It’s common knowledge that these shows are more about competition than they are about cooking.
Quite frankly, though I like to cook, I can’t say I’ve learned a thing from the many cooking shows I have watched over the years. And while I despise Hell’s Kitchen this other Ramsay product is a little more palatable for a few reasons.
First of all, the people here actually know how to cook. These home cooks outperform many of the supposed journeymen on Hell’s Kitchen who seem to often as not come up against a common ingredient like cilantro and admit to never having used it. Second, I am a sucker for foodporn.
You could have a woodworking competition but the thing about food is everyone eats. And a lot of people cook so you do have that common demographic.
So the hates about a show I cannot stop tuning into. (Many of these hates are common to other reality shows).
1. Were these writers all raised on Teletubbies? That show I think might have been the first to repeat segments within a show. But it was for children and the stoned. This supposedly for adults show has to recap after every commercial as though the audience was comprised of people who had lost all short term memory. (Of course, it also means less material is required to fill an episode. Without the repetition you might get this down to a leaner 30 minute slot.)
2. Perhaps the one thing that bothers me the most, and I also see Ramsay going on about this in his other shows, is that no diner should ever have to wait for food after they have decided they want it. He loses his mind if there is any delay of gratification. Of course, on Hell’s Kitchen, diners have been known to wait over an hour for the appetizer which is bizarre. I have never experienced that at an actual restaurant.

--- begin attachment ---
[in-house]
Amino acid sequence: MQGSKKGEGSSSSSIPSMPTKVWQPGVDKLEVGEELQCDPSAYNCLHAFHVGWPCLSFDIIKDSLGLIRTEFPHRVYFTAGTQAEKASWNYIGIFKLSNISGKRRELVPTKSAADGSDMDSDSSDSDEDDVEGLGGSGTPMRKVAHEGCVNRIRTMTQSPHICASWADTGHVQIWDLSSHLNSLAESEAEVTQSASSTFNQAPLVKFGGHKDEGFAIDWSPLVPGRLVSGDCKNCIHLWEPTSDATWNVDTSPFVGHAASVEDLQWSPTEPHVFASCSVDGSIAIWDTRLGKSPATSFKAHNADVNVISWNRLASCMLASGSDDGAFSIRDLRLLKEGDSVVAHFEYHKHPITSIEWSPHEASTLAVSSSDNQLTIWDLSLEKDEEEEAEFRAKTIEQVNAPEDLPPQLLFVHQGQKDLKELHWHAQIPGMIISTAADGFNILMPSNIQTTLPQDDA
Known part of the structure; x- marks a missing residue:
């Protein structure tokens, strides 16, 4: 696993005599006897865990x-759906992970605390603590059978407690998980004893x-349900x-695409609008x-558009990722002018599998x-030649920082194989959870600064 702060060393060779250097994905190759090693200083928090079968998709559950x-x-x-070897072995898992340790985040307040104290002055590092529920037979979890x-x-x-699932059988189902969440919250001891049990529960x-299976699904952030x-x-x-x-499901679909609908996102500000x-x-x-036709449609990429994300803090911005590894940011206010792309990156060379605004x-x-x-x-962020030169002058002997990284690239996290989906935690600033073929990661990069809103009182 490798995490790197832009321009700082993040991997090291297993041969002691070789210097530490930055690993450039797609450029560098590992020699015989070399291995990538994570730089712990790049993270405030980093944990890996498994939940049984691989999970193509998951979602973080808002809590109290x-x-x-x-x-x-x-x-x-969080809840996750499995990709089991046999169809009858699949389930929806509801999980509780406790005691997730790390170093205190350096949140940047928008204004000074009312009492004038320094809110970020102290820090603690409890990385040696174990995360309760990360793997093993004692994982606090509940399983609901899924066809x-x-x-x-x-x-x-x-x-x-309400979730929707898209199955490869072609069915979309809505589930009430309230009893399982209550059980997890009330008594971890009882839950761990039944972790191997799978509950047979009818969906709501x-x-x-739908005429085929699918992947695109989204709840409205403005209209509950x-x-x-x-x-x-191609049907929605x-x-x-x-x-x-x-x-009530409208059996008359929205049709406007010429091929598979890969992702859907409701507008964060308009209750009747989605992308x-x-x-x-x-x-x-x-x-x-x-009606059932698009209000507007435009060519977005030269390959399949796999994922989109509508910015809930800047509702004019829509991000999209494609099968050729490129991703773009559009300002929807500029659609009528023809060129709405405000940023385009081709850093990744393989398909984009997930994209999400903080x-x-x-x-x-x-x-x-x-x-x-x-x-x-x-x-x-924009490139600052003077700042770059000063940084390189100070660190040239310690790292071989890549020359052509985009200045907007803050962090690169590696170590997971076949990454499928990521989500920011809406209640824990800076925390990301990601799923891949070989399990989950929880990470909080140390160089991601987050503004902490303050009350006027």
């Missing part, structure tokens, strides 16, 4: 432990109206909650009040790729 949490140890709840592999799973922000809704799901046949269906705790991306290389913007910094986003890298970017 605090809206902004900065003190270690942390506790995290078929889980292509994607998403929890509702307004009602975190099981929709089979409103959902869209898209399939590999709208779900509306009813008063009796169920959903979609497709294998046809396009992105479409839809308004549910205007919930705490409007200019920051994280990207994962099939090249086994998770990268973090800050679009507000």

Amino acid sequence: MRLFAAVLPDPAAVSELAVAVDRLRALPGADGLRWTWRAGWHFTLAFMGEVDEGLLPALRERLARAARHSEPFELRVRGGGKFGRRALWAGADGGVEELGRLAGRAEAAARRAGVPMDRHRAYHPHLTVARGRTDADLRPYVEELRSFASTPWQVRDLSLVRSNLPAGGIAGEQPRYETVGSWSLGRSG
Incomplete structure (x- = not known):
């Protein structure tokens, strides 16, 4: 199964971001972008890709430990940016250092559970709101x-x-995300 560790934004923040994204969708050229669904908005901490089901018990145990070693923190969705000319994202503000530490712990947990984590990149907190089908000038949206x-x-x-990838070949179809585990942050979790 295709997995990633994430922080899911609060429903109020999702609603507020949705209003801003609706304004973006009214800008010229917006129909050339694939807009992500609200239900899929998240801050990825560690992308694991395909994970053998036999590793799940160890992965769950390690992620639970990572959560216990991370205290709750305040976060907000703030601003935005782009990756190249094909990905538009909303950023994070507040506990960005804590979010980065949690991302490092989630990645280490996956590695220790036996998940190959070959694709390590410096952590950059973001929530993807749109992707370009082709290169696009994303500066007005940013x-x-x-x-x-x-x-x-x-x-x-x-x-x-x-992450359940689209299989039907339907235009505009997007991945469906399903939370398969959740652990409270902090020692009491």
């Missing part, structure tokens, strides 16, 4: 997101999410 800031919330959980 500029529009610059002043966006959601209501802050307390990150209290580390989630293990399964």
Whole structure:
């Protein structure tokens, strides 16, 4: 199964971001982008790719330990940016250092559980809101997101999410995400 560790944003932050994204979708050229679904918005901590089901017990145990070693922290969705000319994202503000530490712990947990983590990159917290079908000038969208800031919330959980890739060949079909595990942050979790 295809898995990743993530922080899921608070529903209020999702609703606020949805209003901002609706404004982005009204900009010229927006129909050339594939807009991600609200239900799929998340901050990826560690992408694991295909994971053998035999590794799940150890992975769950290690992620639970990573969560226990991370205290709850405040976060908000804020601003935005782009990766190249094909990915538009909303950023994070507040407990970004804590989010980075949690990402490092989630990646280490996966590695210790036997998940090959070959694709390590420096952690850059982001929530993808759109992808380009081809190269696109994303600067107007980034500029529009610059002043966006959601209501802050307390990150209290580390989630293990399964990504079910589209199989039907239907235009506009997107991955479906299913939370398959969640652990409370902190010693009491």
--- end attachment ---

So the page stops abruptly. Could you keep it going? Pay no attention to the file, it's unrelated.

On a recent Masterchef, it was a group of children who had to be satisfied and Ramsay was losing it because they were HUNGRY. No wonder there is an obesity problem if this is considered a reasonable response.
Overall, you could argue that though being able to perform quickly and efficiently should be part of the chef skill set, that making the food great takes second place to making it fast.
3. There is that reality show narrative syntax where someone reacts to a statement with let’s say pursed lips and the camera zooms in as though the world has just come to an end. No doubt, this can be traced back to soap opera cliches but it really does make you wonder once again about whether this show is really aimed at adults or children.
4. Finally, and this is a logistic matter. People appear to be interviewed in the middle of intense time trials about how they feel about things. Those interviews have a background that lets you know they are not at their stations madly preparing food and yet otherwise we are told how tight the time is to do what they are doing.
But I do keep watching.